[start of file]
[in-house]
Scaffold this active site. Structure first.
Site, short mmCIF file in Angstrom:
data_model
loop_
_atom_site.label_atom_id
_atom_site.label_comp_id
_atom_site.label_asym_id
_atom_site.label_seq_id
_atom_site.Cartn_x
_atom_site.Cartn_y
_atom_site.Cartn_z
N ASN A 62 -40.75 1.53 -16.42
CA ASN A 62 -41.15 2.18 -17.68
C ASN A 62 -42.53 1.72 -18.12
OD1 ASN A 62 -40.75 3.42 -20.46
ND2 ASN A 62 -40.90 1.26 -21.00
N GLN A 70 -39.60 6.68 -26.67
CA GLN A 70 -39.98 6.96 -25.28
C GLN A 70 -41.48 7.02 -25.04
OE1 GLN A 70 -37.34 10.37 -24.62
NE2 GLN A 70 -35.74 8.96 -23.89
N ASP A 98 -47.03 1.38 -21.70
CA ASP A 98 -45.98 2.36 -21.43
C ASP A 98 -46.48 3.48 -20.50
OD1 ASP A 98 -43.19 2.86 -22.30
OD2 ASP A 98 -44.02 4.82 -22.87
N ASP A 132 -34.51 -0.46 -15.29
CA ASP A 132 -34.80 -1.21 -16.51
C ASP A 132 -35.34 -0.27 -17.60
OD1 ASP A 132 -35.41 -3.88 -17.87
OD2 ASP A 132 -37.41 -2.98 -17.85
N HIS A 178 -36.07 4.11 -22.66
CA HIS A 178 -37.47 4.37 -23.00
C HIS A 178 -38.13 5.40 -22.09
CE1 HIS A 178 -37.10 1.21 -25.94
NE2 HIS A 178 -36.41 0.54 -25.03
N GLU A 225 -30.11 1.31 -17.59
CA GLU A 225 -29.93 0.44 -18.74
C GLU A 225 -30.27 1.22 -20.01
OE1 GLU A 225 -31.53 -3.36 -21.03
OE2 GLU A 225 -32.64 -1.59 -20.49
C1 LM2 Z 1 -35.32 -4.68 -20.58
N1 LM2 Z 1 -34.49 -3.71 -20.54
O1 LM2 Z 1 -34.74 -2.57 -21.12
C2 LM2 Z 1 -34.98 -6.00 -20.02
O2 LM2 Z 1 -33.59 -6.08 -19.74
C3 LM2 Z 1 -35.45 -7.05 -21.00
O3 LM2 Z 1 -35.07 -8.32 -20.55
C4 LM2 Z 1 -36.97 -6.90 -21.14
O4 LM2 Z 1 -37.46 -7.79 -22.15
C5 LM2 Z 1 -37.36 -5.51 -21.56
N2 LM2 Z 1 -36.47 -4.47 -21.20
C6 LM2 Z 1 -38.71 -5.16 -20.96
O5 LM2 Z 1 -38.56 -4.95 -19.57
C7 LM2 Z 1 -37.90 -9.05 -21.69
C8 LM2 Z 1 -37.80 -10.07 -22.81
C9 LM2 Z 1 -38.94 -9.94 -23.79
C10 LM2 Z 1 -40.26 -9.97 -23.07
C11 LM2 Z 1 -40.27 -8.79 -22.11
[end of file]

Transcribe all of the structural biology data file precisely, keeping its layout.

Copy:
[in-house]
Scaffold this active site. Structure first.
Site, short mmCIF file in Angstrom:
data_model
loop_
_atom_site.label_atom_id
_atom_site.label_comp_id
_atom_site.label_asym_id
_atom_site.label_seq_id
_atom_site.Cartn_x
_atom_site.Cartn_y
_atom_site.Cartn_z
N ASN A 62 -40.75 1.53 -16.42
CA ASN A 62 -41.15 2.18 -17.68
C ASN A 62 -42.53 1.72 -18.12
OD1 ASN A 62 -40.75 3.42 -20.46
ND2 ASN A 62 -40.90 1.26 -21.00
N GLN A 70 -39.60 6.68 -26.67
CA GLN A 70 -39.98 6.96 -25.28
C GLN A 70 -41.48 7.02 -25.04
OE1 GLN A 70 -37.34 10.37 -24.62
NE2 GLN A 70 -35.74 8.96 -23.89
N ASP A 98 -47.03 1.38 -21.70
CA ASP A 98 -45.98 2.36 -21.43
C ASP A 98 -46.48 3.48 -20.50
OD1 ASP A 98 -43.19 2.86 -22.30
OD2 ASP A 98 -44.02 4.82 -22.87
N ASP A 132 -34.51 -0.46 -15.29
CA ASP A 132 -34.80 -1.21 -16.51
C ASP A 132 -35.34 -0.27 -17.60
OD1 ASP A 132 -35.41 -3.88 -17.87
OD2 ASP A 132 -37.41 -2.98 -17.85
N HIS A 178 -36.07 4.11 -22.66
CA HIS A 178 -37.47 4.37 -23.00
C HIS A 178 -38.13 5.40 -22.09
CE1 HIS A 178 -37.10 1.21 -25.94
NE2 HIS A 178 -36.41 0.54 -25.03
N GLU A 225 -30.11 1.31 -17.59
CA GLU A 225 -29.93 0.44 -18.74
C GLU A 225 -30.27 1.22 -20.01
OE1 GLU A 225 -31.53 -3.36 -21.03
OE2 GLU A 225 -32.64 -1.59 -20.49
C1 LM2 Z 1 -35.32 -4.68 -20.58
N1 LM2 Z 1 -34.49 -3.71 -20.54
O1 LM2 Z 1 -34.74 -2.57 -21.12
C2 LM2 Z 1 -34.98 -6.00 -20.02
O2 LM2 Z 1 -33.59 -6.08 -19.74
C3 LM2 Z 1 -35.45 -7.05 -21.00
O3 LM2 Z 1 -35.07 -8.32 -20.55
C4 LM2 Z 1 -36.97 -6.90 -21.14
O4 LM2 Z 1 -37.46 -7.79 -22.15
C5 LM2 Z 1 -37.36 -5.51 -21.56
N2 LM2 Z 1 -36.47 -4.47 -21.20
C6 LM2 Z 1 -38.71 -5.16 -20.96
O5 LM2 Z 1 -38.56 -4.95 -19.57
C7 LM2 Z 1 -37.90 -9.05 -21.69
C8 LM2 Z 1 -37.80 -10.07 -22.81
C9 LM2 Z 1 -38.94 -9.94 -23.79
C10 LM2 Z 1 -40.26 -9.97 -23.07
C11 LM2 Z 1 -40.27 -8.79 -22.11